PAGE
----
Imran Khan wins election amidst claims of rigging and need for coalition government
Pakistan’s Election Commission officially announced former cricketer Imran Khan’s Pakistan Tehreek-e-Insaf(PTI) to have won the eleventh general election that is set to form the third consecutive civilian government. According to sources, he did not win with an outright majority which might result in the formation of a coalition government.
After Pakistan Tehreek-e-Insaf (PTI), 65 seats were acquired by jailed former prime minister Nawaz Sharif’s Pakistan Muslim League-Nawaz (PML-N) party and former president Asif Ali Zardari’s Pakistan Peoples Party (PPP) won 42 seats, a report of the election commission which issued results for 263 seats of the National Assembly stated on July 27.
Total no. of seats
No. of seats required for majority
Total no. of registered voters
The spokesperson of PTI, Fawad Chaudhry, said efforts were underway to form a coalition with both independents and allies, but the process is likely to take several days. “Today in front of you, in front of the people of Pakistan, I pledge I will run Pakistan in such a way as it has never before been run,” Khan stated as he vowed to “wipe out corruption, strengthen institutions he called dysfunctional and regain national pride”. PML-N informed the media that it would not boycott the new parliament even though there were reservations over the results of the general election.
Pakistan’s jailed former prime minister Nawaz Sharif’s first reaction to the general elections were allegations that the polls had been “stolen” and warned that the “tainted and dubious” results would cast a “bad impact” on the country’s politics. Talking to visitors in Adiala Jail, he expressed his reservations over the elections results in Faisalabad, Lahore and Rawalpindi, the Dawn reported.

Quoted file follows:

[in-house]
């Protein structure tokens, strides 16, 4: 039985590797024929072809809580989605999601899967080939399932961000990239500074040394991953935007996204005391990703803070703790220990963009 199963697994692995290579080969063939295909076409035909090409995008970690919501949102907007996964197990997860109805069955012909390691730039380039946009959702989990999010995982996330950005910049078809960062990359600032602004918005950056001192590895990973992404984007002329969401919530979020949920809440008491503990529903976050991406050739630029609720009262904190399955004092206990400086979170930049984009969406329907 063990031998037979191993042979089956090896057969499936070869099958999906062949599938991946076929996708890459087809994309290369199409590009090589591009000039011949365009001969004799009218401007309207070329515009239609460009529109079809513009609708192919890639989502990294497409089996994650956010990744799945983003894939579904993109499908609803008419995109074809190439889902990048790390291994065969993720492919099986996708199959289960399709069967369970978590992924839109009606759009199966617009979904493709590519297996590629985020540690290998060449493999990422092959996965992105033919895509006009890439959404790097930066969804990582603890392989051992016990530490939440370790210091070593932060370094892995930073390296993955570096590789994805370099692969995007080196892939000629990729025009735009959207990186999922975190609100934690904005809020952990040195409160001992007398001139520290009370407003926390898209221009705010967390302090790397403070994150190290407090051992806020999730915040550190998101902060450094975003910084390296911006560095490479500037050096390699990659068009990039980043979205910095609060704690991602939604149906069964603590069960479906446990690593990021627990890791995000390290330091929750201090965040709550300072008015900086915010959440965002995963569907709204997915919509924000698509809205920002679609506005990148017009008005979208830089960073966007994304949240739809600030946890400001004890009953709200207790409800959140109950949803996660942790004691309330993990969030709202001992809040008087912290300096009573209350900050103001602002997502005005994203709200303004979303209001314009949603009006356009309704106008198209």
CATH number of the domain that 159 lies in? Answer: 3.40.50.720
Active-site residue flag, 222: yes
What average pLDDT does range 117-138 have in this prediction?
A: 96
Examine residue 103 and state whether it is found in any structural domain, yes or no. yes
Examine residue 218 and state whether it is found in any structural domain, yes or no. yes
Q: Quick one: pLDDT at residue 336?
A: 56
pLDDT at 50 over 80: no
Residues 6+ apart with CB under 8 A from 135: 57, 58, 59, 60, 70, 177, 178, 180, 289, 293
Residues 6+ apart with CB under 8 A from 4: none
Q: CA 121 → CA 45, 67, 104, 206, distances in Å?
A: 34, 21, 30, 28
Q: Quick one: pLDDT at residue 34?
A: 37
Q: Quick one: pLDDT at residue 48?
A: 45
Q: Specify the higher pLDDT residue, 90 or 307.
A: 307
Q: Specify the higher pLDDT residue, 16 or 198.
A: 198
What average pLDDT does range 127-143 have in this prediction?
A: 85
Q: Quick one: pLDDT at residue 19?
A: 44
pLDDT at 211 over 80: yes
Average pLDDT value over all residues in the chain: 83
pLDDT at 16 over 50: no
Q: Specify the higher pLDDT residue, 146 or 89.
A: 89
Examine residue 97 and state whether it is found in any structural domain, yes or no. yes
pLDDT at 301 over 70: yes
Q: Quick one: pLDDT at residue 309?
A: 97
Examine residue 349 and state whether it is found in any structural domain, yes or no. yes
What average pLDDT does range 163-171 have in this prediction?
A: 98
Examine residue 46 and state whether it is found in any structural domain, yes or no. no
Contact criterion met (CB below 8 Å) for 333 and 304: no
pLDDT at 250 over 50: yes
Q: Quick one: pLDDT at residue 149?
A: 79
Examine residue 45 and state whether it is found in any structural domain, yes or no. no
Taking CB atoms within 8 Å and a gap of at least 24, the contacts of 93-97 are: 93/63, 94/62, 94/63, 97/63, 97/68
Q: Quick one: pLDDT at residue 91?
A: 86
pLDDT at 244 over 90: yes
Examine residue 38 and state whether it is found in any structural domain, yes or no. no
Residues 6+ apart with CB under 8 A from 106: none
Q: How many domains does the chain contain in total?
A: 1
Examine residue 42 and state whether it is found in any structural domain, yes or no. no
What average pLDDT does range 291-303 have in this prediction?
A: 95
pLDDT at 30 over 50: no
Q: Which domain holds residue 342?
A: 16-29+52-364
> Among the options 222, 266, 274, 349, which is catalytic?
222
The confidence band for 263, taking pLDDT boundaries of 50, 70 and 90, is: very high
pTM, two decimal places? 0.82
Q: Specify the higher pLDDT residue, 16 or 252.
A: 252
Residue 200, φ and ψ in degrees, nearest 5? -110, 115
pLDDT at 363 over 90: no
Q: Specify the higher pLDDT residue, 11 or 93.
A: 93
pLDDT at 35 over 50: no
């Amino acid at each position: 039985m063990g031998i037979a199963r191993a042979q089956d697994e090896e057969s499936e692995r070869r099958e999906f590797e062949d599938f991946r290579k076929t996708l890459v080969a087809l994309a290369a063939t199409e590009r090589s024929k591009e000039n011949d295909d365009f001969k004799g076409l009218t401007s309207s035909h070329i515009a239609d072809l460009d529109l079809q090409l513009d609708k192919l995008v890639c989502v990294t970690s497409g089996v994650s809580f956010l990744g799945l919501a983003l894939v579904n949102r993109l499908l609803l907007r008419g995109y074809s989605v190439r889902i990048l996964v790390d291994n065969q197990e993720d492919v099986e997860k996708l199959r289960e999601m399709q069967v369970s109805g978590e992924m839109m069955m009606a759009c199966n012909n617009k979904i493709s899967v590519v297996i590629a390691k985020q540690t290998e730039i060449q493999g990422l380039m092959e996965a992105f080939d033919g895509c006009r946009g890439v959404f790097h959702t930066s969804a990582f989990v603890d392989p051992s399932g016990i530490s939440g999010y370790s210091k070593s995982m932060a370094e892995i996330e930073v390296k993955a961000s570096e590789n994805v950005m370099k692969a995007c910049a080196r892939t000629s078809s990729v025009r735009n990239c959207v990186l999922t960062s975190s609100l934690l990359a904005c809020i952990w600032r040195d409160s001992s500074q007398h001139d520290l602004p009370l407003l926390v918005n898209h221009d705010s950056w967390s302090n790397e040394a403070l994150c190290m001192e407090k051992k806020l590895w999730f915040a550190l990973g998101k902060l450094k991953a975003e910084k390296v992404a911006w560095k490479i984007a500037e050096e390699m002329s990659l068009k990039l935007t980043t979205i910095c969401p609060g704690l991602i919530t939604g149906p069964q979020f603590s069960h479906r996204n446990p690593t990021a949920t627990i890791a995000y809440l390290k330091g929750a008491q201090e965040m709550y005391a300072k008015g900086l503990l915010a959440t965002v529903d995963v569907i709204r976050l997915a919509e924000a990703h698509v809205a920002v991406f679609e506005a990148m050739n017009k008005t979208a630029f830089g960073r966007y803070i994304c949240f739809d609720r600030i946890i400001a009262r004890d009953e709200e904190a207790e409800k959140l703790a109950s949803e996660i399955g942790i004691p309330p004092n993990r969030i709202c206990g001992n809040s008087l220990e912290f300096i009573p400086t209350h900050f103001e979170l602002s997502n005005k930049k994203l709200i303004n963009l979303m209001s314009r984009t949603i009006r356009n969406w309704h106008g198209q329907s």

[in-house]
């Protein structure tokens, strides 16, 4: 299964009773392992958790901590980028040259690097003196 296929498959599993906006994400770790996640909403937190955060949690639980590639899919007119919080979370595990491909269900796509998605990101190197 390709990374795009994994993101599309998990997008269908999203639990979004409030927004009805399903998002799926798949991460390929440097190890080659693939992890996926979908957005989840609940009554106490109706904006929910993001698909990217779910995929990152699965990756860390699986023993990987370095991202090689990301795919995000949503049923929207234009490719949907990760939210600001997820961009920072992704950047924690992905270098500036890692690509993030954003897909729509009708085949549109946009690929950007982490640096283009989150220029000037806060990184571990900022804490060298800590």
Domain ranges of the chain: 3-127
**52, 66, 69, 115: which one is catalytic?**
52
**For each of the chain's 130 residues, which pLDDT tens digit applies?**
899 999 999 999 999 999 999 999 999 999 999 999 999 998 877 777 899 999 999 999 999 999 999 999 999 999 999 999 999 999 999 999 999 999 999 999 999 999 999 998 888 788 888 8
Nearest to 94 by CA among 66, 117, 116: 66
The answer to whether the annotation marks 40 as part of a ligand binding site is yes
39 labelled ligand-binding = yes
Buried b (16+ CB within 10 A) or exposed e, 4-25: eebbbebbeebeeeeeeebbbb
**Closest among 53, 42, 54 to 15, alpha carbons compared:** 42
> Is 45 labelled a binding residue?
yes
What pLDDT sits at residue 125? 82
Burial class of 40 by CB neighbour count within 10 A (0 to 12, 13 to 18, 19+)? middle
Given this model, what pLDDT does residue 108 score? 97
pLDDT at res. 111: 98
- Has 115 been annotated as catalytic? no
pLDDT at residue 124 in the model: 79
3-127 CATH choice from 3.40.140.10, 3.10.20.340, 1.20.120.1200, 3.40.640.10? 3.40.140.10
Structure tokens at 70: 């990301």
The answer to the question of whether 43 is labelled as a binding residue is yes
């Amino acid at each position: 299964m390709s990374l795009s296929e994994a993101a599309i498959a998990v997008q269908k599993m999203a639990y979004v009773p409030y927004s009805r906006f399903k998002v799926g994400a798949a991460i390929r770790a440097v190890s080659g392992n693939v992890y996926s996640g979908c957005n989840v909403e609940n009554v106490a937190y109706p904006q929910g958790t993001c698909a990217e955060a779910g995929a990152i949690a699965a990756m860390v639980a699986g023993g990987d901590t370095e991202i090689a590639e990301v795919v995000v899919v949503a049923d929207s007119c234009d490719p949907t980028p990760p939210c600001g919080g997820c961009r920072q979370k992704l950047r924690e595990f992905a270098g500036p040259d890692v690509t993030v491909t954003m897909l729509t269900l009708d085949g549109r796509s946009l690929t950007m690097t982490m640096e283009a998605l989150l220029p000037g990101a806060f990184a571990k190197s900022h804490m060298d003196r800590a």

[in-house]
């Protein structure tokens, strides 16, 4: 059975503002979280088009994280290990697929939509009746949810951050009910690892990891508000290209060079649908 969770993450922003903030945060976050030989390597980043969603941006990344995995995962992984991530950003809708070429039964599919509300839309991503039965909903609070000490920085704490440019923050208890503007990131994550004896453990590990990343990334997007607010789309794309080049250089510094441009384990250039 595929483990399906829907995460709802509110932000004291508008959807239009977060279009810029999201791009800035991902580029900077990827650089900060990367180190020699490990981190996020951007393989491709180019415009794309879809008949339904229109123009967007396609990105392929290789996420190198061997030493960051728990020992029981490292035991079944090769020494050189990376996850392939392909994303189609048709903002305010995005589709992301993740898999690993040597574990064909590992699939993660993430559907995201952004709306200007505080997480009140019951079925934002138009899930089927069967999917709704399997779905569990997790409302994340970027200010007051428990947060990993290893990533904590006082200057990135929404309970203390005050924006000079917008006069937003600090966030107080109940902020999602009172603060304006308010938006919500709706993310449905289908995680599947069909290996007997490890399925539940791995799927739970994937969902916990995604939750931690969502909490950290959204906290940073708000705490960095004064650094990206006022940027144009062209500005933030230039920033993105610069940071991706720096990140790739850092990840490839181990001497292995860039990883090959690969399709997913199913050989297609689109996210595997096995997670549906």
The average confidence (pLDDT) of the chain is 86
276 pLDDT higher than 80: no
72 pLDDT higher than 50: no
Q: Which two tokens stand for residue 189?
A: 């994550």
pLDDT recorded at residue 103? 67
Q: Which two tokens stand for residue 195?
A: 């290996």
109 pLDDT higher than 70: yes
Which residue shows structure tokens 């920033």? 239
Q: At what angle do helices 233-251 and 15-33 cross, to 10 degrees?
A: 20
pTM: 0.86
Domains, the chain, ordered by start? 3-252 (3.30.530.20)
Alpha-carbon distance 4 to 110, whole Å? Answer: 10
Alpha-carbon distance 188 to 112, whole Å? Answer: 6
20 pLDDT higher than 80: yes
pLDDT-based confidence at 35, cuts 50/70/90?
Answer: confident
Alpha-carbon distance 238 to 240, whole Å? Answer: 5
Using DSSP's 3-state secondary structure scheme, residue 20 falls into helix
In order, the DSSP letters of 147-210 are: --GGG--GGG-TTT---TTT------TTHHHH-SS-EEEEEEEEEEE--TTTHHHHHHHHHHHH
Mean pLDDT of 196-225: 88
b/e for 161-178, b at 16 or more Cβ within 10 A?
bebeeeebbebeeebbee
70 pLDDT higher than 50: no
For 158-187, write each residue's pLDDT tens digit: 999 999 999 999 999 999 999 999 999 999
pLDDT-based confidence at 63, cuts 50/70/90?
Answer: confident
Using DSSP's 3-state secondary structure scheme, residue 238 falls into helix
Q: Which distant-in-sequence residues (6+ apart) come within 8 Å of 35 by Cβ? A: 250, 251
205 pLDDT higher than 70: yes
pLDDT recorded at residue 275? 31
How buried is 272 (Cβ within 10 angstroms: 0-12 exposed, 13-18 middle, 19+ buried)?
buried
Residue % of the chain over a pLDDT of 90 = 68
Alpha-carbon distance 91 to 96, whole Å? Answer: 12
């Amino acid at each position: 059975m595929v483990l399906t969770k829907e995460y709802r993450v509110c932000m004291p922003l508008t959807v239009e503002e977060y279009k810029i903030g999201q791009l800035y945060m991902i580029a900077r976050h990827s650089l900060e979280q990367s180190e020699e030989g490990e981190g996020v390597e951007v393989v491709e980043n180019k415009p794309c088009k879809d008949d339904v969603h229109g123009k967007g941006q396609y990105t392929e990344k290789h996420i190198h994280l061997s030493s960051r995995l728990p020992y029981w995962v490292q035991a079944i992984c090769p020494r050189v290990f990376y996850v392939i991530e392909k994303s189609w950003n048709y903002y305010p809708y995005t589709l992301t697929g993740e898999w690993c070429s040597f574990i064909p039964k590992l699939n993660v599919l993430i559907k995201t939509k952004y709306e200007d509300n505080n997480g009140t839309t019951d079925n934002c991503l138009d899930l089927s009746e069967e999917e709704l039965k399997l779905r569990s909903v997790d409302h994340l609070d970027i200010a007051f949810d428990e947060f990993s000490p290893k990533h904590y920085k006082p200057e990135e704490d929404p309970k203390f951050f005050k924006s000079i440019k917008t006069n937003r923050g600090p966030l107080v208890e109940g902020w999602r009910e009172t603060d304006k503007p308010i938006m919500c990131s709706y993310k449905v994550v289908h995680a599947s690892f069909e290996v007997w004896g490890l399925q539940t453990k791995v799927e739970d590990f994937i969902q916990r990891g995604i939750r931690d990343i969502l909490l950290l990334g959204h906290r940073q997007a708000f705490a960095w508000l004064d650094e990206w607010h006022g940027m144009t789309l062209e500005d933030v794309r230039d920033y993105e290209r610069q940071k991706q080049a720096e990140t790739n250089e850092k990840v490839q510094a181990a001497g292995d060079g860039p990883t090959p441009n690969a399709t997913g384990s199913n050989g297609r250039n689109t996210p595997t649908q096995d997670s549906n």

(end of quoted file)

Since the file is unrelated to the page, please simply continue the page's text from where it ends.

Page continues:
The US will “look for opportunities” to work with the new leaders of Pakistan after they form the government and will try to advance security, stability and prosperity, a State Department official said yesterday.
Political analysts in Pakistan fear a tempestuous state of affairs ahead for the politics in the country with several political heavyweights likely to band together amid allegations of rigging in the elections. “If the political parties who have come second best to PTI get together and launch a combined protest over the results, it could be a big challenge for Khan and his party,” analyst Omair Alavi said.
The EU Election Observation Mission to Pakistan’s chief Michael Gahler told reporters in Islamabad that “a number of violent attacks, targeting political parties, party leaders, candidates and election officials, severely affected the campaign environment”.
“Many of our interlocutors acknowledged a systematic effort to undermine the former ruling party through cases of corruption, contempt of court and terrorist charges against its leaders and candidates,” he added.
Khan claimed victory when he addressed the nation on July 26.
He stated that he promised to balance relations with the US adding that he was open to discussions with India over the disputed Himalayan territory of Kashmir.